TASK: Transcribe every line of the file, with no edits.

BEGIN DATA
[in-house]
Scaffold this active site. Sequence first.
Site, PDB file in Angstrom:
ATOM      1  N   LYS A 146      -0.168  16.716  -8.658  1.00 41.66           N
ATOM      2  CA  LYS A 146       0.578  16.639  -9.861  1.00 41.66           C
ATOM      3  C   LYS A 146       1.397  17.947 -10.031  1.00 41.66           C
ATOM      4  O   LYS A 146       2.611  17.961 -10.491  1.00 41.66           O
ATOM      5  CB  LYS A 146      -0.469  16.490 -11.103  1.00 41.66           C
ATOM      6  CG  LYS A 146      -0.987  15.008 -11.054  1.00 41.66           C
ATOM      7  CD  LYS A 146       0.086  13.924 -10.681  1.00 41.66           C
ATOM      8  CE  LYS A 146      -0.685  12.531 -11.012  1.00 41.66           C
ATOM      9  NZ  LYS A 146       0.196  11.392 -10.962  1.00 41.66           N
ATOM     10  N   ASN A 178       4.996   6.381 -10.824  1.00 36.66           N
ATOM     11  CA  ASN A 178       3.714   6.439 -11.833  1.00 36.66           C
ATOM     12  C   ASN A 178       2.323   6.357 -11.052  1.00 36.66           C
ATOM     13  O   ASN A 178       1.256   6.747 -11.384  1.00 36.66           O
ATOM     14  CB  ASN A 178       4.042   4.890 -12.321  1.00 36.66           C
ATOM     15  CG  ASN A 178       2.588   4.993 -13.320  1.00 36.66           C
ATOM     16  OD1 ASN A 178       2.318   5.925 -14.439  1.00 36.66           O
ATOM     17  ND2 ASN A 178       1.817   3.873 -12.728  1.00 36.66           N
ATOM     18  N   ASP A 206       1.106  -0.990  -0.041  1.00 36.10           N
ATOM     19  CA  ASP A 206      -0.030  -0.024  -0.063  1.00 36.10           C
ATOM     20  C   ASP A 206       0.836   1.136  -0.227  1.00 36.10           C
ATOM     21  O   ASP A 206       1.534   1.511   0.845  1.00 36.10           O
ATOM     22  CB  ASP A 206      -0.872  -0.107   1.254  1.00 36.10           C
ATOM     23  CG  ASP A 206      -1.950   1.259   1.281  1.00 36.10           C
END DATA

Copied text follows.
[in-house]
Scaffold this active site. Sequence first.
Site, PDB file in Angstrom:
ATOM      1  N   LYS A 146      -0.168  16.716  -8.658  1.00 41.66           N
ATOM      2  CA  LYS A 146       0.578  16.639  -9.861  1.00 41.66           C
ATOM      3  C   LYS A 146       1.397  17.947 -10.031  1.00 41.66           C
ATOM      4  O   LYS A 146       2.611  17.961 -10.491  1.00 41.66           O
ATOM      5  CB  LYS A 146      -0.469  16.490 -11.103  1.00 41.66           C
ATOM      6  CG  LYS A 146      -0.987  15.008 -11.054  1.00 41.66           C
ATOM      7  CD  LYS A 146       0.086  13.924 -10.681  1.00 41.66           C
ATOM      8  CE  LYS A 146      -0.685  12.531 -11.012  1.00 41.66           C
ATOM      9  NZ  LYS A 146       0.196  11.392 -10.962  1.00 41.66           N
ATOM     10  N   ASN A 178       4.996   6.381 -10.824  1.00 36.66           N
ATOM     11  CA  ASN A 178       3.714   6.439 -11.833  1.00 36.66           C
ATOM     12  C   ASN A 178       2.323   6.357 -11.052  1.00 36.66           C
ATOM     13  O   ASN A 178       1.256   6.747 -11.384  1.00 36.66           O
ATOM     14  CB  ASN A 178       4.042   4.890 -12.321  1.00 36.66           C
ATOM     15  CG  ASN A 178       2.588   4.993 -13.320  1.00 36.66           C
ATOM     16  OD1 ASN A 178       2.318   5.925 -14.439  1.00 36.66           O
ATOM     17  ND2 ASN A 178       1.817   3.873 -12.728  1.00 36.66           N
ATOM     18  N   ASP A 206       1.106  -0.990  -0.041  1.00 36.10           N
ATOM     19  CA  ASP A 206      -0.030  -0.024  -0.063  1.00 36.10           C
ATOM     20  C   ASP A 206       0.836   1.136  -0.227  1.00 36.10           C
ATOM     21  O   ASP A 206       1.534   1.511   0.845  1.00 36.10           O
ATOM     22  CB  ASP A 206      -0.872  -0.107   1.254  1.00 36.10           C
ATOM     23  CG  ASP A 206      -1.950   1.259   1.281  1.00 36.10           C